rgaddi at technologyhighland.invalid
Tue Sep 23 18:32:44 CEST 2014
On Tue, 23 Sep 2014 05:34:19 -0700 (PDT)
Miki Tebeka <miki.tebeka at gmail.com> wrote:
> Before I start writing my own. Is there something like collections.Counter (fore frequencies) that does "fuzzy" matching?
> Meaning x is considered equal to y if abs(x - y) < epsilon. (x, y and my case will be numpy.array).
You'll probably have to write that yourself. While you're at it, think
long and hard about that definition of fuzziness. If you can make it
closer to the concept of histogram "bins" you'll get much better
performance. If, for instance, you can live with 1.anything being one
bin, and 2.anything being the next (even though this puts 1.999 and
2.000 into separate bins) then you can just floor() the number and use
the result as the key.
If you really need the continuous fuzziness you'll probably have to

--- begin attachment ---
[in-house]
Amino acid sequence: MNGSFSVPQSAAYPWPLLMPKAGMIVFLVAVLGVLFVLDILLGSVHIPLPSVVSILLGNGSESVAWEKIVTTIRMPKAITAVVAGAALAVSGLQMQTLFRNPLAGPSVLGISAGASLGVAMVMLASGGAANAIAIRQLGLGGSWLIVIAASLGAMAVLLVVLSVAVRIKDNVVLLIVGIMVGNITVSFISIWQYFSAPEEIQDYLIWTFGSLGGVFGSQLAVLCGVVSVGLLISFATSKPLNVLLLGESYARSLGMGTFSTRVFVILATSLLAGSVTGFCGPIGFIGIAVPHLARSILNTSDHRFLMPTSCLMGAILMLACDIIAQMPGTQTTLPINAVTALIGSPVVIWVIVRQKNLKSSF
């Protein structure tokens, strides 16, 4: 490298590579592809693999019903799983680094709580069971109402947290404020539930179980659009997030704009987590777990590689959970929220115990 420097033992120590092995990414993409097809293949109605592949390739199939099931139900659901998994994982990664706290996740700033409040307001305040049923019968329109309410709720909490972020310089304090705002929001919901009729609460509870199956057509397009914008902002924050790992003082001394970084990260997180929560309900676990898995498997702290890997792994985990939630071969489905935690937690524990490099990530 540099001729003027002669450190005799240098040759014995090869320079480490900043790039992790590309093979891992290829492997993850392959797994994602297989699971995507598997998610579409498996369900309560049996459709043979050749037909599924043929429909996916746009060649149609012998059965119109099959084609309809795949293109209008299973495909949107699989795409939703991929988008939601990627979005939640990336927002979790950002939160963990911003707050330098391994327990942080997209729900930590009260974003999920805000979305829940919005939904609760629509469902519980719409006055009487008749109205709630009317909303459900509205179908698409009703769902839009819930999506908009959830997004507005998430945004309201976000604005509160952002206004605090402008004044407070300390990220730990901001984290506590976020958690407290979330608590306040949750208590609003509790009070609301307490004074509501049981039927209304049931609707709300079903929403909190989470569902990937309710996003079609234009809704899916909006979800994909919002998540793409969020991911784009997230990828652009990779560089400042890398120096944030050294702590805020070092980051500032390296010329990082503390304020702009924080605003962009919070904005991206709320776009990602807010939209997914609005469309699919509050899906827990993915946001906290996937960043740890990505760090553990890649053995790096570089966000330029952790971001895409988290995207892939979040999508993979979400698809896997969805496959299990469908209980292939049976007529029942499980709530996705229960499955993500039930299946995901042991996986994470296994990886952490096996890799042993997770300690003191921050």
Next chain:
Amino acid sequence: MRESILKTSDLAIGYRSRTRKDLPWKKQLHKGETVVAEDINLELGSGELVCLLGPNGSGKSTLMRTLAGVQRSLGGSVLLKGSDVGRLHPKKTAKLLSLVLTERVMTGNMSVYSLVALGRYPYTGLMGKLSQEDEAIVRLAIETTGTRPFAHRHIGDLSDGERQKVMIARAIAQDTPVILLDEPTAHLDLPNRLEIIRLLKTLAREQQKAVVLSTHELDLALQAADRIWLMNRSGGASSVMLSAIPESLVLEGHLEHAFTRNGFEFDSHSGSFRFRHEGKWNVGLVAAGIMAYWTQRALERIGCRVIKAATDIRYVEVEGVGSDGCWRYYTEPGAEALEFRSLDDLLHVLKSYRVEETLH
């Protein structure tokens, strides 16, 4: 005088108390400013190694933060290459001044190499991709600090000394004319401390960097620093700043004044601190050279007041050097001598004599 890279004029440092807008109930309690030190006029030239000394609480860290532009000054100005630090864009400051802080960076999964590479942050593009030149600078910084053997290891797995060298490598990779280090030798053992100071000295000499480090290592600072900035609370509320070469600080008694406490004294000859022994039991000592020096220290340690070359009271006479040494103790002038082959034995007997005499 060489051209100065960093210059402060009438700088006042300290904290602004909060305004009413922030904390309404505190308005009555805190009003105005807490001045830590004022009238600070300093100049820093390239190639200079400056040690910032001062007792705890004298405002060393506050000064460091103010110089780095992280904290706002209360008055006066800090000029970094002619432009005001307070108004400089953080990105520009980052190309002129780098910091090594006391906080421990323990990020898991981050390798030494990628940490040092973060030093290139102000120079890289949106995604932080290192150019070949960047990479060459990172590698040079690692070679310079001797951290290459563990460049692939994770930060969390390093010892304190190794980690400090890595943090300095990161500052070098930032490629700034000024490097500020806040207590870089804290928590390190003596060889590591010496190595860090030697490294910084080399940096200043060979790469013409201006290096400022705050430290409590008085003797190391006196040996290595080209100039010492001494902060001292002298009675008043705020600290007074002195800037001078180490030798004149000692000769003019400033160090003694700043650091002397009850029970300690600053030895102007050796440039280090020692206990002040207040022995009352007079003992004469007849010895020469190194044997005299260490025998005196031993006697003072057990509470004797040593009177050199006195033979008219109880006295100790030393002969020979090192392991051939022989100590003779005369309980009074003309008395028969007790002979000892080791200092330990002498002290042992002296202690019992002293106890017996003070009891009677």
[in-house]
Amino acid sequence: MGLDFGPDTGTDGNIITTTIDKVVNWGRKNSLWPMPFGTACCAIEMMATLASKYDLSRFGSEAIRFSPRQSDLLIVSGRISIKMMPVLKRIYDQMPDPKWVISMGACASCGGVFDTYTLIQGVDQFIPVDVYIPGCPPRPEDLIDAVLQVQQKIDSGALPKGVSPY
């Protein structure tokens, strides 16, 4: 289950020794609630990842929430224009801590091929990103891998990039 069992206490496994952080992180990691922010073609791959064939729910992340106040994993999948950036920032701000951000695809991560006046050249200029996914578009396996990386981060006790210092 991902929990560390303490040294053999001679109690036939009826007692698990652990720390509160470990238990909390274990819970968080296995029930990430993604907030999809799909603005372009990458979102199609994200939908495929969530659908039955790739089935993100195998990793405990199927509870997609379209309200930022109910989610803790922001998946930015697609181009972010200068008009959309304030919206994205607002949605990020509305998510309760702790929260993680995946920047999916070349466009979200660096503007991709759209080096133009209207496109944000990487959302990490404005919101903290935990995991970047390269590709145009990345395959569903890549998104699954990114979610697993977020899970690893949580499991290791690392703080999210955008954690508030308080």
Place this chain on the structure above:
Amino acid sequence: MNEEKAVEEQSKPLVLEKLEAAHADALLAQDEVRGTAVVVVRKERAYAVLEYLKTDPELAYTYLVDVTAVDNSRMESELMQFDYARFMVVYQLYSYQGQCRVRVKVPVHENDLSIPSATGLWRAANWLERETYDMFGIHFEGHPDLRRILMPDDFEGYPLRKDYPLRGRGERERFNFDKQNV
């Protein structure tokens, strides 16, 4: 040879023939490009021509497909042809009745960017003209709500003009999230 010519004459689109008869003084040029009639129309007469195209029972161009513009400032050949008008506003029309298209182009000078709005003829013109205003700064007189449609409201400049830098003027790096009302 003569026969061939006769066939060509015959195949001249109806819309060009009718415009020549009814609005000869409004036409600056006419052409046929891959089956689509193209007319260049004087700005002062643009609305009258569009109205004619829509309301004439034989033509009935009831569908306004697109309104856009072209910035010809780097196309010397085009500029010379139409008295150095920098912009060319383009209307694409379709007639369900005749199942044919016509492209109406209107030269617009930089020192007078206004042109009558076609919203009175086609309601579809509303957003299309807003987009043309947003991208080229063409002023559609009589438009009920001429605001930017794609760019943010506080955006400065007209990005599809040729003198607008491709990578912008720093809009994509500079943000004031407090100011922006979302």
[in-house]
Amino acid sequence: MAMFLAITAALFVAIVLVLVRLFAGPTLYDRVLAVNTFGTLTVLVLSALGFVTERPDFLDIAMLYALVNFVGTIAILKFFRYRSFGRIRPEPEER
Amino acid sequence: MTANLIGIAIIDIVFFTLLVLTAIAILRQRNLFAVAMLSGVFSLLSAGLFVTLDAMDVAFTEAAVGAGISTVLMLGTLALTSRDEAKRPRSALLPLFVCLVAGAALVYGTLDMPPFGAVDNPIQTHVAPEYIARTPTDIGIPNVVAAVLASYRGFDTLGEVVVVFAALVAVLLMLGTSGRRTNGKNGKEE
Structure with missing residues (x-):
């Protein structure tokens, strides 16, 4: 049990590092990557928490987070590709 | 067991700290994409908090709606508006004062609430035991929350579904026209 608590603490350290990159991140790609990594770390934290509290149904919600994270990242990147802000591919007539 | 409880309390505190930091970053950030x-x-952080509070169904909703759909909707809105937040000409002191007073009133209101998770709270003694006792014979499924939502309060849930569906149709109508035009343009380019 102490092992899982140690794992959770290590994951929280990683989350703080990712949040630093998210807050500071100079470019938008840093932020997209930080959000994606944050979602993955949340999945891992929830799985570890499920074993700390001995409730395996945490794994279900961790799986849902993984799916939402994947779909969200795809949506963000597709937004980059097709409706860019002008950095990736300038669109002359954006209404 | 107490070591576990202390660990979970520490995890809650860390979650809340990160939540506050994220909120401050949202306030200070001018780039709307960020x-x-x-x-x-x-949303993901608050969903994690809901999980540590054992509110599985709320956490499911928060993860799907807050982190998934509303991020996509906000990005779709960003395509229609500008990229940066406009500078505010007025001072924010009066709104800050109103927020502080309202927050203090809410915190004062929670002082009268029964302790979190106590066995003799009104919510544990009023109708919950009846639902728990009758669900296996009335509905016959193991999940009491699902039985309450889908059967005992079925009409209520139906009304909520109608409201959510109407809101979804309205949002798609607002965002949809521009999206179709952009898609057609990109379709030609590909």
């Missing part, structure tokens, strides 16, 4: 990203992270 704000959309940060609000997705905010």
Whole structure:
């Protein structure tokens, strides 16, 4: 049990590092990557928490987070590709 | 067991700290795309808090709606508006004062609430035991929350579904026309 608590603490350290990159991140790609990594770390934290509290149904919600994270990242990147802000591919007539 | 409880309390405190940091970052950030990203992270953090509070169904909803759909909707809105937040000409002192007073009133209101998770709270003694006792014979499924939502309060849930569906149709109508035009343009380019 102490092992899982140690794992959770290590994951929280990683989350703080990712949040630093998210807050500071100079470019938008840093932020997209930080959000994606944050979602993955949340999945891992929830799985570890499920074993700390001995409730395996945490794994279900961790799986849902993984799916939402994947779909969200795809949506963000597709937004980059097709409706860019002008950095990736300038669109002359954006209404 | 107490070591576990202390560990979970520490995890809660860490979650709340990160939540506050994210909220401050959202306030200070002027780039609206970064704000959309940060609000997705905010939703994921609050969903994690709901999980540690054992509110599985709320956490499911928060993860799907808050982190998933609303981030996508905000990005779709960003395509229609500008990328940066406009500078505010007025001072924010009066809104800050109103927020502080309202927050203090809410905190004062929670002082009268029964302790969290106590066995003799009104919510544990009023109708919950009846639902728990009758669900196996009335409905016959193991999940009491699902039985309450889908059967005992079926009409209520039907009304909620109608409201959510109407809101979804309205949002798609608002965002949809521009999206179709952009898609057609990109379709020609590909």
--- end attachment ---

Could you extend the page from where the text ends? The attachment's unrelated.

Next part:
keep the potential keys sorted and run a binary search against the list
of them to find the nearest. This will still run you into some
problems based on ordering. For instance, with an epsilon of 0.1,
you'd put 2.0 into a bin, then 1.9 into the same bin, then 2.1 into the
same bin. If however you put 1.9 into that bin first, then 2.0 would
go into that bin, but 2.1 would go into a different one.
TL;DR you need to think very hard about your problem definition and
what you want to happen before you actually try to implement this.
Rob Gaddi, Highland Technology -- www.highlandtechnology.com
Email address domain is currently out of order. See above to fix.
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